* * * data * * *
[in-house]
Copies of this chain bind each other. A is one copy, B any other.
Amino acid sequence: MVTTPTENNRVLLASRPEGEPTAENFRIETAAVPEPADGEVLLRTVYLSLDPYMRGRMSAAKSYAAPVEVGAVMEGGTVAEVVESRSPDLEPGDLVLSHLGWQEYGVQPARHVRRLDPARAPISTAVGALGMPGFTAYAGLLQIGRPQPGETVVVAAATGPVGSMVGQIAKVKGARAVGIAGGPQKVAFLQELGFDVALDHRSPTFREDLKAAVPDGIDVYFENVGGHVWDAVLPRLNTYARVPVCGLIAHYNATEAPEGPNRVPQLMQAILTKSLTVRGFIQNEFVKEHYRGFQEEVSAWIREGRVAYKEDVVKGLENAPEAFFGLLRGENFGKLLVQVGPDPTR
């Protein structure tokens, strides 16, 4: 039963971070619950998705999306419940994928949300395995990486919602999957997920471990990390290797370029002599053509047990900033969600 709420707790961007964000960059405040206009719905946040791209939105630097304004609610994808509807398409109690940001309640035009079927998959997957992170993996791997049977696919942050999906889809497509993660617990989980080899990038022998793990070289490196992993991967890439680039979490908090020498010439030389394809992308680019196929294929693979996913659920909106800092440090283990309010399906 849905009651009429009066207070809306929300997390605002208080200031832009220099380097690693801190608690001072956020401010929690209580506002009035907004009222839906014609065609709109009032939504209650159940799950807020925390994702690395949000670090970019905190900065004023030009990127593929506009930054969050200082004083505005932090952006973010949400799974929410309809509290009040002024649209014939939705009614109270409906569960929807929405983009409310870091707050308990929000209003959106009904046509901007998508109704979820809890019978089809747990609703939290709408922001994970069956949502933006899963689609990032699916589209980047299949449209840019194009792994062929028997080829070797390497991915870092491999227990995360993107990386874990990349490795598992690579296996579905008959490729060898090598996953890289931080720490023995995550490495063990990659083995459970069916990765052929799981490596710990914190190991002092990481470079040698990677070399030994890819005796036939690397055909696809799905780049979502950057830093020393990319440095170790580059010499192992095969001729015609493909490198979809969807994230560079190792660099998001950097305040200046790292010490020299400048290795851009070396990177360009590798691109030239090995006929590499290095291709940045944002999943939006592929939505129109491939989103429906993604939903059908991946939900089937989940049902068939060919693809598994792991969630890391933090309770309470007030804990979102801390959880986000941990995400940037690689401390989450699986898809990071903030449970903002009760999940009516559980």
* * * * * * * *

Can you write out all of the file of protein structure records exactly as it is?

[in-house]
Copies of this chain bind each other. A is one copy, B any other.
Amino acid sequence: MVTTPTENNRVLLASRPEGEPTAENFRIETAAVPEPADGEVLLRTVYLSLDPYMRGRMSAAKSYAAPVEVGAVMEGGTVAEVVESRSPDLEPGDLVLSHLGWQEYGVQPARHVRRLDPARAPISTAVGALGMPGFTAYAGLLQIGRPQPGETVVVAAATGPVGSMVGQIAKVKGARAVGIAGGPQKVAFLQELGFDVALDHRSPTFREDLKAAVPDGIDVYFENVGGHVWDAVLPRLNTYARVPVCGLIAHYNATEAPEGPNRVPQLMQAILTKSLTVRGFIQNEFVKEHYRGFQEEVSAWIREGRVAYKEDVVKGLENAPEAFFGLLRGENFGKLLVQVGPDPTR
């Protein structure tokens, strides 16, 4: 039963971070619950998705999306419940994928949300395995990486919602999957997920471990990390290797370029002599053509047990900033969600 709420707790961007964000960059405040206009719905946040791209939105630097304004609610994808509807398409109690940001309640035009079927998959997957992170993996791997049977696919942050999906889809497509993660617990989980080899990038022998793990070289490196992993991967890439680039979490908090020498010439030389394809992308680019196929294929693979996913659920909106800092440090283990309010399906 849905009651009429009066207070809306929300997390605002208080200031832009220099380097690693801190608690001072956020401010929690209580506002009035907004009222839906014609065609709109009032939504209650159940799950807020925390994702690395949000670090970019905190900065004023030009990127593929506009930054969050200082004083505005932090952006973010949400799974929410309809509290009040002024649209014939939705009614109270409906569960929807929405983009409310870091707050308990929000209003959106009904046509901007998508109704979820809890019978089809747990609703939290709408922001994970069956949502933006899963689609990032699916589209980047299949449209840019194009792994062929028997080829070797390497991915870092491999227990995360993107990386874990990349490795598992690579296996579905008959490729060898090598996953890289931080720490023995995550490495063990990659083995459970069916990765052929799981490596710990914190190991002092990481470079040698990677070399030994890819005796036939690397055909696809799905780049979502950057830093020393990319440095170790580059010499192992095969001729015609493909490198979809969807994230560079190792660099998001950097305040200046790292010490020299400048290795851009070396990177360009590798691109030239090995006929590499290095291709940045944002999943939006592929939505129109491939989103429906993604939903059908991946939900089937989940049902068939060919693809598994792991969630890391933090309770309470007030804990979102801390959880986000941990995400940037690689401390989450699986898809990071903030449970903002009760999940009516559980």